I read a section from the last chapter, Thats Life: Why you and your ipod must die, describing a very rare disorder known as progeria syndrome. Here is the excerpt that particularly interested me:

    Seth has Hutchinson-Gilford progeria syndrome, often just called progeria. Progeria is very rare—thought to occur in just 1 of every 4 to 8 million births. It’s also very unfair; the word comes from the Greek for prematurely old, and that’s the difficult fate in store for people born with it. Children who have progeria age at up to ten times the speed of people without it. By the time a baby who has progeria is about a year and a half old, his or her skin starts to wrinkle and their hair starts to fall out. Cardiovascular problems, like hardening of the arteries, and degenerative diseases, like arthritis, soon follow. Most people who have progeria die in their teens of a heart attack or a stroke; nobody is known to have lived past thirty.

    I thought that this was so sad to read about because it described a 12-year-old boy who in reality was an old man. It was really depressing to read about, but Moalem has definitely taught me something already! I’ve learned that there are these heart-breaking diseases that particularly occur in younger people because they are a rapid growth in age, but at the same times scientists and researchers are finally looking more into these diseases and doing studies to test for new advances and cures. Now, how does this relate to evolution? Well, Moalem suggests that disorders like progeria are preprogrammed in a human’s genetic code, and that aging has everything to do with evolution. Just like Katie mentioned cells being preprogrammed to divide a specific number of times, humans are programmed to age at a specific rate. Progeria is a mutation in, for example, Seth’s genetic code for aging and so he matures and ages at a much faster rate. Its sad to think about Seth’s disorder, but the very few who suffer from age disorders are in some way helping the science community learn more about DNA, evolution, and if humans are preprogrammed to die.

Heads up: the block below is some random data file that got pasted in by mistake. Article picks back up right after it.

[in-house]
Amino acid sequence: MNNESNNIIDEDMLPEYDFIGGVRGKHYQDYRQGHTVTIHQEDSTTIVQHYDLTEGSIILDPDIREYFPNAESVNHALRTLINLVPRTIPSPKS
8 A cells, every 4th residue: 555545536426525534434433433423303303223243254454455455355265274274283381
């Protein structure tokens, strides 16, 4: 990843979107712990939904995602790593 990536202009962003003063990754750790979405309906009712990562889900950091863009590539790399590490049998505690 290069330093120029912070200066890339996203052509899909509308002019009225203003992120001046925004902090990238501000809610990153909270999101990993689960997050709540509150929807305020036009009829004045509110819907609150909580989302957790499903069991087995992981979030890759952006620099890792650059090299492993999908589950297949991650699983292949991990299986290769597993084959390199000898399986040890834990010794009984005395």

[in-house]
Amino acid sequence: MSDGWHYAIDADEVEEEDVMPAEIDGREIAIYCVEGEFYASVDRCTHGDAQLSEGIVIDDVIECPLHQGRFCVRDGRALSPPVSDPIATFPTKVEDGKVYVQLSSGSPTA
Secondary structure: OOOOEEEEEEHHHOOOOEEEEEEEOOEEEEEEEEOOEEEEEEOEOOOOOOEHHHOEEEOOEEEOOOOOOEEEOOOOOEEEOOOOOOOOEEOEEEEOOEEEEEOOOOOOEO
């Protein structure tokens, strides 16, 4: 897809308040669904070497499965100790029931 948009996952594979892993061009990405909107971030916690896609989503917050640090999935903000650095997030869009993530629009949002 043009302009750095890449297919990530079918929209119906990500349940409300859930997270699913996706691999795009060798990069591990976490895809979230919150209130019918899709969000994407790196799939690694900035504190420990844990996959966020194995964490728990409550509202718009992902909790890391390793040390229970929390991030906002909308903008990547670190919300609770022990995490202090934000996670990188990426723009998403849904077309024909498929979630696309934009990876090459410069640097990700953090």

• Anonymous

    Wow, interesting post! I researched more about cells that re-trigger “cell suicide” (also known as Program Suicide) and all cell suicide is, a death of a cell in any form, mediated by an intracellular program. In contrast to necrosis, which is a form of cell-death that results from acute tissue injury and provokes an inflammatory response, PCD is carried out in a regulated process which generally confers advantage during an organism’s life-cycle. PCD serves fundamental functions during both plant and metazoa (multicellular animals) tissue development.

    you can read lot about it here:
    http://en.wikipedia.org/wiki/Programmed_cell_death

  • Anonymous

    David Bakish, a psychiatrist at the Royal Ottawa Hospital. Bakish studied patients who had a family history of suicide and could not stop thinking about killing themselves. The patients’ brain cells had changed in an apparent attempt to make up for a lower than normal amount of a common brain chemical serotonin. “That’s when the light bulb went off,” Bakish said, who thinks depression may not be the only cause of suicide. “Maybe it’s a genetic trait.” If this is true, the implications for the study and treatment of suicidal individuals are significant.
    They conducted a study for over ten years and found remarkable results. “A depressed individual with a mutation in the gene encoding the serotonin 5-HT2A receptor are more than twice as likely to attempt suicide as those who suffered from depression but did not carry the mutation”, said Pavel Hrdina, a neurobiologist at the Royal Ottawa Hospital and study co-author. This means that antidepressants may not be causing suicidal thoughts.
    Dr. Lisheng Du, the team’s molecular geneticist analyzed blood samples from the patients and from 131 control subjects with no history of mental illness or substance abuse and 120 patients with persistent suicidal fantasies. The results proved the previous findings. 41% of the 120 suicidal patients had the mutilation and only 18% of the control group had it. This means that giving the patients whom have the mutilation antidepressants wouldn’t be the ultimate cause of the suicide. This eventually could save lives by cutting down the high rate of suicides worldwide.

  • http://extremebiology.net/blog Ms Baker

    Source?

  • Anonymous